Yasodhara newsletter on international buddhist woman's activities 
Vol.20 (no.75) April-June, B.E. 2546 (2003)



        "Keeping the Faith"
chronicles the effects of a changing world onThai Buddhism Jim Taylor KEEPING THE FAITH: Thai Buddhism at the Crossroads By Sanitsuda Ekachai. Edited by Nick Wilgus. Post Books,326 pages, 350 baht Sanitsuda Ekachai'snew book is a collection of short, critical arti-cles and commentaries on various aspects ofcontemporary Thai Buddhism, arranged under eight sub-headings with a short introduction.An appealing feature of this ensemble is that "other" voices are heard with reader-friendlyand short, insightful comments over debatesconcerning the relevance and place of contem-porary Thai Buddhism, especially monasticism.The author uses few words and some broad brush-strokes to construct some extraordinarily vivid frames of everyday religious life in Buddhist Thailand. In reviewing a book such as this on Thai Buddhism, we need to ask ourselves whatis this religion, not always in accordance withthe texts, that most Thais seem to follow and identify with to some extent.

          The imagination,itself a social fact, is important as a means of informing the way we think, feel and act, in this case in relation to religion. It also accounts for the many expressions of Thai Buddhism thatwe see around us. Perhaps also these days we need to venture outside the monasteries toexperience living religion and what it means in the constructions of everyday contemporarylife in the villages, towns and cities. Lest weforget, Thailand is still one of the few remainingBuddhist countries where the Arahant (self-accomplished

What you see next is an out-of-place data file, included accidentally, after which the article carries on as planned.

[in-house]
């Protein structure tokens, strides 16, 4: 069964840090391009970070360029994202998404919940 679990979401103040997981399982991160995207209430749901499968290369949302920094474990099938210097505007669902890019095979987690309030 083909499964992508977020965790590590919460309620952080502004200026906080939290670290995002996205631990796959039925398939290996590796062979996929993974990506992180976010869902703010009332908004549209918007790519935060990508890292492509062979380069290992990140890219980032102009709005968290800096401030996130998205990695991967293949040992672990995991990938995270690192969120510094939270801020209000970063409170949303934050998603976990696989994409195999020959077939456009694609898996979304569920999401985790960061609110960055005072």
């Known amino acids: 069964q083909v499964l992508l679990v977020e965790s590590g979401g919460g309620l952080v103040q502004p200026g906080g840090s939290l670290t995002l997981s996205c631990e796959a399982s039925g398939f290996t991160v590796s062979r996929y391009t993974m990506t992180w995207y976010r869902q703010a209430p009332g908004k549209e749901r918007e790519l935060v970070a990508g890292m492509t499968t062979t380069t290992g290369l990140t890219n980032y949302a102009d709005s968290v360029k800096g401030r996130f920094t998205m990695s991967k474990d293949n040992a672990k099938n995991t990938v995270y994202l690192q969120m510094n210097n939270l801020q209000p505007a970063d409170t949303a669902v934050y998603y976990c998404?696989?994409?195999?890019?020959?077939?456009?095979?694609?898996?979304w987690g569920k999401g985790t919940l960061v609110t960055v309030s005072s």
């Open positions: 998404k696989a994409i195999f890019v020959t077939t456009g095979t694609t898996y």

"saint") ideal and its liberatingpossibilities remains alive and well in thecollective imagination. Not so any longer forthe wellspring of Theravada Buddhism, Sri Lanka, and doubtful in neighbouring Burma, Cambodia and Laos. It seems to me that many Thais are now asking the question: if these "acclaimed" exemplars or monastic teachers are still around, where are they to be found? Modern Buddhists would seem to claim that what is neededthese days is a system of standardisation as a requirement for continued monastic registration. Imagine, if you will, a situation in this periodof globalisation where each monastery (and monks), like many businesses in Thailand, would carry an "ISO" classification engraved over the front gate; for those "good monasteries" ableto show that they have adhered to "best-practice standards". But, more seriously, who would determine what is "best practice" monks or laity? As an expression of diversity, Thai monasticism, we are told, needs to recognisethe contribution of monk-activists engaged inthis world, in as much as it recognises thenormative spiritual achievement of the reclusive, disengaged meditative "Path" questers (to be found among the remaining forests enclaves).This is certainly a theological mute point. These modern activist-exemplars are to be found inurban monasteries, places of teaching andlearning, various refuges, rural community centres,conservation sites and hospices. Importantly, as the author says, while encouraging a worldlyengagement we should not forget the all-important questions of monastic discipline. In the pastdecade or so we have been overwhelmed by media accounts of serious monastic infringements, abuses of monastic privilege and power. These are the "other" images of Thai Buddhism that are not usually affixed to glossy tourist brochures and postcards to send back home; media repre-sentations, circulated and consumed widely through both print and electronic media (Thai and English). These images have not been favourable to defining a respectable "place" for Buddhism in modern Thai society. At this point we may ask ourselves, what, if anything, has gone wrong with Thai Buddhism in recent times? Or has themedia had a greater influence than we realise? There is not much talk around about "good monks", as these persons are in any case hardly "newsworthy" (unless the reader believes there are no exemplary practicing monks left any more which I do not believe, and clearly neither does the author though we may differ on what con-stitutes an "ideal" monk). Sanitsuda Ekachaiattempts to capture this complexity, while atthe same time show us that there are "other"religious possibilities, mainly from the socialinterstices. At the same time the author shares the concerns of many educated Thais in sug-gesting that Thai Buddhism needs to be linkedto the wider processes of democratic reform so that internal change can likewise occur in the Sangha (male and female monastic orders). Theassumption is that Thai Buddhism is in a state of "crisis" needing serious structural attention and that little trust can be placed in the monastic elders who, we are told, are unaware of current social realities. The position throughout (insofar as it is possible to identify a consistent thread) starts on the premise that the forces of moder-nisation in Thailand have destroyed the fundamental basis of tradition, especially culturalforms such as religion. This has lead to a new materialistic and individuated society basedon consumption. Thais, it would appear, clearlylike to go shopping instead of going to themonastery, or in a manner of speaking, theBuddha has been "relocated" in the shoppingcentres and arcades. Thus said, we need to be careful in assuming cultures are static, without any capacity to change through internal andexternal influences. Thai Buddhism has always been contested and changing (is this not one of the fundamental tenants of Buddhism?) and, in going with historic flows, this has accountedfor its continuities. It is from global realitiesthat Thailand struggles to find a new identity.It is from this scenario, as the author makesanother important thematic point, that TheravadaBuddhism in Thailand has re-established a new "relevance" for "modern Thai life and problems"(p.10) ; a religion that is, contrary to contemporary images, "still alive and well in the Thai psyche" (p.11). The responses from the Sangha to theconditions of modernity have been mixed andnot without tensions and contradictions involvingvarious actors. Everyone, it seems, has something to say concerning "problems" over discipline,monastic training and the maintenance ofreligious sanctity. Many of the case studies in this book received media attention over thepast decade or so due, in no small part, to the author herself writing on social issues for the Bangkok Post. The reader is taken through some depressing scenarios of monastic corruption and scandals on the one hand, and tales of hope and promise on the other. The compilation (even if the reader has read some of these accounts penned by the author before) gives a broadoverview of a modern society in change, especially through the confused and traumatic social and economic crisis of the late 1990s. However,unfortunately, the events of 1997 were not clearly factored into the discussions and implicationsfor Thai Buddhist practices. Although "other" voices are heard in the text, the author also makes her own position clear, as in support for thereform Dhamma heritage of the late modernist scholar-monk Buddhadasa Bhikkhu and, corre-spondingly, an active, engaged monastic order (male and female). This engaged "here-and-now" Buddhism (espoused by the well-known Sulak Sivaraksa) confronts contemporary concernsand issues (women's rights, environment andconservation, social equity, justice, etc), reaching out to a society clearly much in need of spiritual nourishment. The proviso is that these "con-cerned" monks keep to the disciplinary charter; though how they do this while at the same time are encouraged to become more "engaged" and "this-worldly" is not fully addressed as are the inherent contradictions in this proposition. Monks gain respect and veneration precisely because of a ritual separation from society at large, where the temptations of ordinary life are minimised. Even Buddhadasa Bhikkhu particularly popular among the Thai middle class preferred a forest hermitage for his contemplation and scholastic pursuits. The very problems confronting modern monks have been a blurring of spatial boundaries with the gradual attrition from the simple, distanced, reclusive life. In other words, theincreasing worldliness of monks has createdits own problems as it did in the West among Protestant and Catholic clergy. There was even talk of whether Buddhist monks should beallowed to marry if they are going to be more engaged in the world. In the matter of "keeping the faith", the modern-day problems are indeed complicated, but the solution is simple if we go back (forward?) to the essence of (timeless) dhamma practice. In the present "crisis" we need to understand the practical implications of the monastic discipline, and its limitations on worldly engagement. It is not possible to have it both ways. The Theravada monastic discipline is to ensure that being a monk, even these days, is unambiguous and without hindrance. It is inambiguous situations that confusion arises. For most ordinands, keeping the minutiae of thediscipline is not easily done and disciplinaryinfractions occur with increasing frequencybecause monks, after all, are human. Thereare many Thais who have fallen into a crisis in"faith" over the condition of the contemporary Bhikkhu Sangha. Some even believe that mostof the remaining good monastic teachers have now established branch monasteries outsidethe country, especially in the West, while one or two alleged monastic miscreants were forcedto flee the country out the back door for fear of facing criminal proceedings. But, looking at the situation overall, these cases were few and far between. In regard to the question of women in Thai Buddhism, the author is most articulate:"It boils down to power: the male-dominated order wants to continue excluding womenfrom entering and sharing monks' sphere of authority" (p.287). It is not that the author is necessarily incorrect in her moral assessmentsit is more a question of whether all concerns,even more conservative ones, have been ad-equately considered. The progressive positionis that if the Sangha's administrative structure (and its geriatric monk-administrators) is not in accordance with modern norms and values, it should be changed. After all, Thailand is rapidly changing. The same argument is heard overthe necessity of providing secular education to monks to enable them to keep abreast withthe informational world-in-change, especially IT, though issuing bachelor's degrees to ambitious monks, or a new digital monastic order ("Cyber-Sangha") does not, in itself, ensure a "better fit" monastic order, or a body of monks more able to respond to contemporary social needs. There would be little to disagree about thesubtext in the book, with its concerns for much-needed reform, which also seeks connectionback to the untainted origins of the teachings.The book is about the concern in making "faith" work in the present; making the varieties ofThai Buddhism relevant and meaningful intoday's world in order to "keep faith". ThaiBuddhism, in a sense, may be at a "crossroads", but to my mind it all depends on perspectives, ways of seeing and understanding, and whichparticular road one is looking down. Dr. Jim Taylor is a senior lecturer at theDepartment of Anthropology, University of Adelaide,South Australia.